How did humans live before written records?
Prehistoric Ages: How Humans Lived before Written Records
Humans have lived on Earth for millions of years and archaeologists have uncovered artefacts that explain life before written records
The Prehistoric period began 2.5 million years ago. This website page will inform you of the extraordinary archaeological periods: the Stone Age, Bronze Age and Iron Age. This period is famous because of the great transformations that happened during this time. From the invention of tools from bones to bronze from copper and tin, the Prehistoric periods are one of the most interesting times in history.
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The Stone Age was split into 3 periods: Palaeolithic, Mesolithic and Neolithic. During the Palaeolithic period (or Old Stone Age) the use of tools was developed by our early human ancestors (who evolved around 300,000 B.C). These tools were often made of flint and created by flint knapping. Flint knapping is the sharpening, shaping and trimming of stone. Tools such as spears, hand axes, harpoons and arrowheads could be used for hunting, scraping out the guts of an animal or carving out beautiful cave art.
The early humans would often live in caves that were a little higher than ground level to protect them from predators. As well as hunting, they would gather berries, fruits and nuts as part of their diet. A trickier method of collecting food would be to fish. The humans had to stand very still and wait until the fish was close enough and then would quickly strike down and stab the fish with their harpoon. Once the food was caught, they cooked their prey, including woolly mammoths, deer and bison, using controlled fire.
Ancient humans in the Palaeolithic era were also the first to leave behind art. The people of the Stone Age used combinations of materials such as ochre, burnt bone meal and charcoal mixed into water, blood, animal fat and trees. They left behind cave art (pictures of bisons and other animals).
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During the Mesolithic period, which lasted from 10,000 BC – 8000 BC, humans continued to use small stone tools however, now they were polished and sometimes crafted with points. These stones could be attached to long wood, bone or antlers to help create tools or weapons such as spears or arrowheads. The Mesolithic period was famous for the human technology evolving their houses going from caves to huts providing better living conditions. People of this time loved to live by rivers so they could have easy access to water and fish.
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In the Neolithic period, there was a change in attitude from hunting and gathering to creating farms, domesticating animals and growing crops. During this time, families and groups of people began to stay in one place (settle) which allowed them to switch to this new way of living. Improvements were made in home construction with roundhouses being developed and an advancement in tools saw better-quality art, pottery, sewing and weaving.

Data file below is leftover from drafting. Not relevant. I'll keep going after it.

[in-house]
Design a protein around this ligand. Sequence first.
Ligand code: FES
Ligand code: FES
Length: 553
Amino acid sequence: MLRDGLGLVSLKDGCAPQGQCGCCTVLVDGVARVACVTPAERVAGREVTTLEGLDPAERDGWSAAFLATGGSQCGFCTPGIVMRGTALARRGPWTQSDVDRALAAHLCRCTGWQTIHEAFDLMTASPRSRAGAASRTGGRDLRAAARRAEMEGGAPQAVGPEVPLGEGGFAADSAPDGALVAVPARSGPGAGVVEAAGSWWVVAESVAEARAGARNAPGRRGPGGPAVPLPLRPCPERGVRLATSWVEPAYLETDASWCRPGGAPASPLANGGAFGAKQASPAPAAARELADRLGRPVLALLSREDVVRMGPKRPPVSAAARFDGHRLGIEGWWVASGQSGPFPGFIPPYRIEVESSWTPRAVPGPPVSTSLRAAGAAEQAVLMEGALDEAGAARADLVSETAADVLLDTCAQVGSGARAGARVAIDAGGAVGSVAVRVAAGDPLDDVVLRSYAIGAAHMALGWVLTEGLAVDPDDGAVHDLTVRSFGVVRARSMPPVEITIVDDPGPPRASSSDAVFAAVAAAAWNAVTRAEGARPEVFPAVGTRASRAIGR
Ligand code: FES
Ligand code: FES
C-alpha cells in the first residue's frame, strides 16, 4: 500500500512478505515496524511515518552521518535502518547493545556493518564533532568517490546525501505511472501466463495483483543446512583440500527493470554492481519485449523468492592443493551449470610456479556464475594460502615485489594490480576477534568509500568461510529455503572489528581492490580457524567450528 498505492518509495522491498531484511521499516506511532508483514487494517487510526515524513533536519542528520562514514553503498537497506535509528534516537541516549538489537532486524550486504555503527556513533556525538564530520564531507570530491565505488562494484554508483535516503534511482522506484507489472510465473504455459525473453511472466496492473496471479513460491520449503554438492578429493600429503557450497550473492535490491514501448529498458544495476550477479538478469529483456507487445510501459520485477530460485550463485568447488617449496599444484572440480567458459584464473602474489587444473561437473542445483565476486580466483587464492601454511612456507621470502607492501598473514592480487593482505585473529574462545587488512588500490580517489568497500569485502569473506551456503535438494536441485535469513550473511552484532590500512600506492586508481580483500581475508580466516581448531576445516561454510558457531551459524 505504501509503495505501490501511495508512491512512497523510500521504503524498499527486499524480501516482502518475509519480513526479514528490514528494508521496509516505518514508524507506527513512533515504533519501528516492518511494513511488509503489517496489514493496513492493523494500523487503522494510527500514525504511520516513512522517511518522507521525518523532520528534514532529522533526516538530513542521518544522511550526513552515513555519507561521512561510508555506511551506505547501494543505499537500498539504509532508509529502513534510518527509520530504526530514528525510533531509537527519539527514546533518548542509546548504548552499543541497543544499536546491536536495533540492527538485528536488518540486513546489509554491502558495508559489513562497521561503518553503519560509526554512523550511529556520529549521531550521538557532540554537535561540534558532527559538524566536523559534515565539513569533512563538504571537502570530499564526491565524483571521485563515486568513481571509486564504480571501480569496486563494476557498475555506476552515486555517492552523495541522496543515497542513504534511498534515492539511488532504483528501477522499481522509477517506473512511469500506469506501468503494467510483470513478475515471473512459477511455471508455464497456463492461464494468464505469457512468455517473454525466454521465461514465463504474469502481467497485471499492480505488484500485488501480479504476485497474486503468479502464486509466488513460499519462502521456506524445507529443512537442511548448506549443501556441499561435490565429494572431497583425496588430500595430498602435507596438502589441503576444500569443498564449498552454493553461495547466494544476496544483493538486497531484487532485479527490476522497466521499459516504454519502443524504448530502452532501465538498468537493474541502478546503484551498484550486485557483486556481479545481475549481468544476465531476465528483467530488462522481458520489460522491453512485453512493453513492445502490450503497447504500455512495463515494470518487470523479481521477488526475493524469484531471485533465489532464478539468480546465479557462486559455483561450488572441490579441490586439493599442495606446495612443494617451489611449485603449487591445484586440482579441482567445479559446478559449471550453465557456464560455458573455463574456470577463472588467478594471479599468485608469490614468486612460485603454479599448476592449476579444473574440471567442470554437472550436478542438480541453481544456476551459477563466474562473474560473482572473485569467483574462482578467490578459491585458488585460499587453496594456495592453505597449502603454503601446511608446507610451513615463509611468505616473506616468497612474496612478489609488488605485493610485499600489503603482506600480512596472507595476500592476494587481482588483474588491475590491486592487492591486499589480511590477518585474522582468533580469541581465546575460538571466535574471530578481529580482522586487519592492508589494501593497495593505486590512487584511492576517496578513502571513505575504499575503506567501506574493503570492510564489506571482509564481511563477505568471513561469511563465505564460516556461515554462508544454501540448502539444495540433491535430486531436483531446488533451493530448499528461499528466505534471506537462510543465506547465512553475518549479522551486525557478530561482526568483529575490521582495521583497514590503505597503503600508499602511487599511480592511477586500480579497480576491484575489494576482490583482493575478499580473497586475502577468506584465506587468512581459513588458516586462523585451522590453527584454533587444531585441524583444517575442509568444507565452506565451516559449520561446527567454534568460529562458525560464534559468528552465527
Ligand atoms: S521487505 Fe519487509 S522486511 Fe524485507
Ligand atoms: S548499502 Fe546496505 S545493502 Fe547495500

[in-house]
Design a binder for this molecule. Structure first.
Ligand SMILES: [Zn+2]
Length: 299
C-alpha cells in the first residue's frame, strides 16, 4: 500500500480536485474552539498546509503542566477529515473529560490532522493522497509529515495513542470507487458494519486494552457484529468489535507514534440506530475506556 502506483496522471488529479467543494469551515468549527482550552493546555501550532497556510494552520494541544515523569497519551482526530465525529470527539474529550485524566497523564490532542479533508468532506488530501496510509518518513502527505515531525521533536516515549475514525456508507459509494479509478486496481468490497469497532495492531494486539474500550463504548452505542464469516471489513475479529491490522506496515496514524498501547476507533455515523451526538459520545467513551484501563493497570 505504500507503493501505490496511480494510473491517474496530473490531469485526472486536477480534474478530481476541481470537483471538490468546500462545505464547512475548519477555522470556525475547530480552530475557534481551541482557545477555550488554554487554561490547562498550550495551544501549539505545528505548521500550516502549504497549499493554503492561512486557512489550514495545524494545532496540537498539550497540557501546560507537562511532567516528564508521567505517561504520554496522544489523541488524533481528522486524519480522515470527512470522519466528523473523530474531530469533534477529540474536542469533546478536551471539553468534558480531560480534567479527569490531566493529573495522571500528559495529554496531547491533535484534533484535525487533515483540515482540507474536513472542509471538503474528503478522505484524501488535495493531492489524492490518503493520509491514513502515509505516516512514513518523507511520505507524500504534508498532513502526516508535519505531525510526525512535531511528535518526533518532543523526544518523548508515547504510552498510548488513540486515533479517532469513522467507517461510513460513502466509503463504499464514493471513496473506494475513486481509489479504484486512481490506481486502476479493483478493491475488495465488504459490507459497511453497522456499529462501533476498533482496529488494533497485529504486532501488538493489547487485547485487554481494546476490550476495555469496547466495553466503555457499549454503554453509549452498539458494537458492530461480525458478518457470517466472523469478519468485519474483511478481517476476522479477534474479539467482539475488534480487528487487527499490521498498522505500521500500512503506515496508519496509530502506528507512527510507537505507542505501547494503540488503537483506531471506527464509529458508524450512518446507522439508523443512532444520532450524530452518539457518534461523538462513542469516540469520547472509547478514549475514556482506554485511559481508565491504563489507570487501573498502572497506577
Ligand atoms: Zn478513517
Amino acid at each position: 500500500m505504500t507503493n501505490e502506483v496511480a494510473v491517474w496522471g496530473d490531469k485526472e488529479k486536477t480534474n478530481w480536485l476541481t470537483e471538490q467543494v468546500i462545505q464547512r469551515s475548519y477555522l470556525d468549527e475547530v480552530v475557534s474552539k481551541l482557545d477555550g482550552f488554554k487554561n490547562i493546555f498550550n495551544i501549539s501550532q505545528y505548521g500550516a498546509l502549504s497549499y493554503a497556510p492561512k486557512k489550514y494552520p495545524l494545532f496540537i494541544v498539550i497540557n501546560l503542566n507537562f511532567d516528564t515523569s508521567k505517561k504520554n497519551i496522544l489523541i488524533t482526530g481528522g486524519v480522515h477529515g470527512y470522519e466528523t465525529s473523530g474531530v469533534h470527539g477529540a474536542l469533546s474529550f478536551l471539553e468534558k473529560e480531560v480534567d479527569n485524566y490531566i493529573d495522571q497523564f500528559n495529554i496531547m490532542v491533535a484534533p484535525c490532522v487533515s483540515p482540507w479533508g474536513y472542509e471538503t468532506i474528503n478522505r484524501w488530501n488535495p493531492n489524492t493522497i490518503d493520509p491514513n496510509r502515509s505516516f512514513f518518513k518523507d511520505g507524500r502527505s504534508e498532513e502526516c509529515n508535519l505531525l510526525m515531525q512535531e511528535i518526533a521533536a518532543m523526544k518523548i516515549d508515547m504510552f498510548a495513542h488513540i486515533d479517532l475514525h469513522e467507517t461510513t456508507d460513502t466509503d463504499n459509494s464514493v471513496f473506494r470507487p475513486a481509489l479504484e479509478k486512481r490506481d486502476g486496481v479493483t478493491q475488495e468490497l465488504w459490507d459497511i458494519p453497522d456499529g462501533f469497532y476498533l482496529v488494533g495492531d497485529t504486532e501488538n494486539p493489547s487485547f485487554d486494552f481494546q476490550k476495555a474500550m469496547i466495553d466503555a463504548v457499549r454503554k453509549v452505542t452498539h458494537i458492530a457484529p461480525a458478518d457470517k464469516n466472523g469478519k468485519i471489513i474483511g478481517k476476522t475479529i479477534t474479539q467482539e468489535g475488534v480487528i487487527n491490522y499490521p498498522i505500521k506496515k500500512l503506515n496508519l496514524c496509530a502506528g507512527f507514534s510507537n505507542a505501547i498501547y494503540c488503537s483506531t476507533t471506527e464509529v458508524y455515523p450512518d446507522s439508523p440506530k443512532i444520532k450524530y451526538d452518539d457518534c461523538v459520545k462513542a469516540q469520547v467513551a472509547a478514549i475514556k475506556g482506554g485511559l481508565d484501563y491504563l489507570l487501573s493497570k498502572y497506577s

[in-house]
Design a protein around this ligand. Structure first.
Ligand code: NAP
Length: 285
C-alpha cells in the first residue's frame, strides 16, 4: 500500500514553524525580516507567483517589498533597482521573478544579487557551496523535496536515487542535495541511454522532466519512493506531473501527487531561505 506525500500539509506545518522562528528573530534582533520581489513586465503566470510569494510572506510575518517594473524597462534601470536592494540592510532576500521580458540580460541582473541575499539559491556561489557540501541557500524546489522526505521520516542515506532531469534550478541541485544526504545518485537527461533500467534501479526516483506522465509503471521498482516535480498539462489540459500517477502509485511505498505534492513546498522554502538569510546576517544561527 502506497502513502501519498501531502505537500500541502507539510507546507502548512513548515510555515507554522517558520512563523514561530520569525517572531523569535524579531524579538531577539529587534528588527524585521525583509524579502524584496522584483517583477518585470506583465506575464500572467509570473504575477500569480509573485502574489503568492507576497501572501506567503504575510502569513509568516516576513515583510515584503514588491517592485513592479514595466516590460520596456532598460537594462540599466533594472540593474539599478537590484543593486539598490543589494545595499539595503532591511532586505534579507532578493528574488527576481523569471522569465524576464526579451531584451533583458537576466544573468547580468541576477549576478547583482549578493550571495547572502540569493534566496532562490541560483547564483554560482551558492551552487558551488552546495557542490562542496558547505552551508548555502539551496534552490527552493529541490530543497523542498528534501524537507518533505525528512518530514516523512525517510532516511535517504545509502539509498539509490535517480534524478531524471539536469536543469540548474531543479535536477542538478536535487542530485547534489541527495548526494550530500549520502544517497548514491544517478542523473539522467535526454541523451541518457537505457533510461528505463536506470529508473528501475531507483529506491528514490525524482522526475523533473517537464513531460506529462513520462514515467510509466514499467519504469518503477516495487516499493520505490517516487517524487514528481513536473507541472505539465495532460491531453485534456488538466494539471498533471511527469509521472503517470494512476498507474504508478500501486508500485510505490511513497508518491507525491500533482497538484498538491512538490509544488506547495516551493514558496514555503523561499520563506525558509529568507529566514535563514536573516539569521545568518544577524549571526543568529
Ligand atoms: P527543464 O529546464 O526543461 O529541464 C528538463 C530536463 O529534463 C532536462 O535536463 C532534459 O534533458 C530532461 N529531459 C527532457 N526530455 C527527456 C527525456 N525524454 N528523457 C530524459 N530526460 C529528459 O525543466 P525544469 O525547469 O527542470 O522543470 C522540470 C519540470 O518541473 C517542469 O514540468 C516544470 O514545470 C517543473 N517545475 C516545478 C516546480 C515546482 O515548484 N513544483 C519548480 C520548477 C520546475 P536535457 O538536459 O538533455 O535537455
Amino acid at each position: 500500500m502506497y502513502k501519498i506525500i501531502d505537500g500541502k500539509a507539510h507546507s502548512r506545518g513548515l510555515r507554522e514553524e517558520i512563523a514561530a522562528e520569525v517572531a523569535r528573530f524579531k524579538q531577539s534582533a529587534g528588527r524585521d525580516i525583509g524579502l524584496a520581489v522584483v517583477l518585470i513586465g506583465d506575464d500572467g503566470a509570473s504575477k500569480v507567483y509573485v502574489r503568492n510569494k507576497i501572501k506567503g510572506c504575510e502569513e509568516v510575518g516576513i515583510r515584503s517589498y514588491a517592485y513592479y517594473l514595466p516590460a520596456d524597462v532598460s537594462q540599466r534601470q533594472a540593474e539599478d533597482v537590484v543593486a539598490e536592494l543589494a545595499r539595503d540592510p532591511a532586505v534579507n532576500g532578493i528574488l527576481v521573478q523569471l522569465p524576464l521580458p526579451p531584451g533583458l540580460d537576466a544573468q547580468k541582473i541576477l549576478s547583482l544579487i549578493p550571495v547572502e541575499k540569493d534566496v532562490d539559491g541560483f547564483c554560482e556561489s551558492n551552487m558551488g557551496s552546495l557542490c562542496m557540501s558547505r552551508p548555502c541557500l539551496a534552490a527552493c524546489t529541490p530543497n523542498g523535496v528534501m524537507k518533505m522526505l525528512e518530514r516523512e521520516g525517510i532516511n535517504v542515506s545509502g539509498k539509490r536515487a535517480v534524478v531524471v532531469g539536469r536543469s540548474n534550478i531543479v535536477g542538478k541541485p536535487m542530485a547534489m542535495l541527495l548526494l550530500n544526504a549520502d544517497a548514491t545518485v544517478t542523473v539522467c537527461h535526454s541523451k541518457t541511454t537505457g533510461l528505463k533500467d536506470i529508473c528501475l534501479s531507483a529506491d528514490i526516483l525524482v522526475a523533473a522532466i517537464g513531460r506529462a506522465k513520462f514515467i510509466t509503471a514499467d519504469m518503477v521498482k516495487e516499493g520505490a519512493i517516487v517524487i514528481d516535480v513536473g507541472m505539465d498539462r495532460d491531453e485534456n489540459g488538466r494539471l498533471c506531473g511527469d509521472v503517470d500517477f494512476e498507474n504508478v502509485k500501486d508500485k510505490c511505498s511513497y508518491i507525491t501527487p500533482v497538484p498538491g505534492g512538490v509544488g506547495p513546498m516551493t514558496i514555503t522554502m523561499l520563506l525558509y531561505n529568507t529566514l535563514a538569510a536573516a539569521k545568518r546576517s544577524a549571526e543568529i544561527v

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During the Bronze Age (about 3,000 B.C to 1,300 B.C), the smelting of tin and copper enabled the creation of bronze and the advancement of metalwork. Now weapons and tools were made of bronze creating a harder, sharper material to help make new structures and tools for farming.
This time period was also famous for the Beaker Culture. They were a group of people who migrated from Europe and Asia who taught the people of Britain how to make bronze. They brought their knowledge of bronze pots which were often used to drink from, store food or precious jewellery.
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The Iron Age started between 500 B.C and lasted until around 43 A.D. The discovery of ways to heat and forge iron ore, led by the Celtic people, changed the way humans lived. Although Iron was easy to make because it was readily available, bronze was more durable, and stronger, making it a better metal. Iron was used to make sharp objects for hunting, it could also be used as your spearhead, arrow or a harpoon.
During this time the Celts migrated from Europe to Britain. Celts taught the people of Britain how to make Iron. Celts lived in roundhouse, a round house hut with a thatched roof. Some had 4 rooms and some were with stables for animals. In the Iron Age, they also started to build hillforts. Hillforts were great to protect themselves from other tribes that may want to attack and steal belongings. Some examples of tribes would have been the Atrebates, Cantiaci, Catuvelluni, Dobunni, Dumnonii and Regni.
As well as advancements in houses, this period of time saw the mass production of steel tools and weapons. Agriculture (farming), art and religion all became more sophisticated, and writing systems and written documentation, including alphabets, began to emerge.
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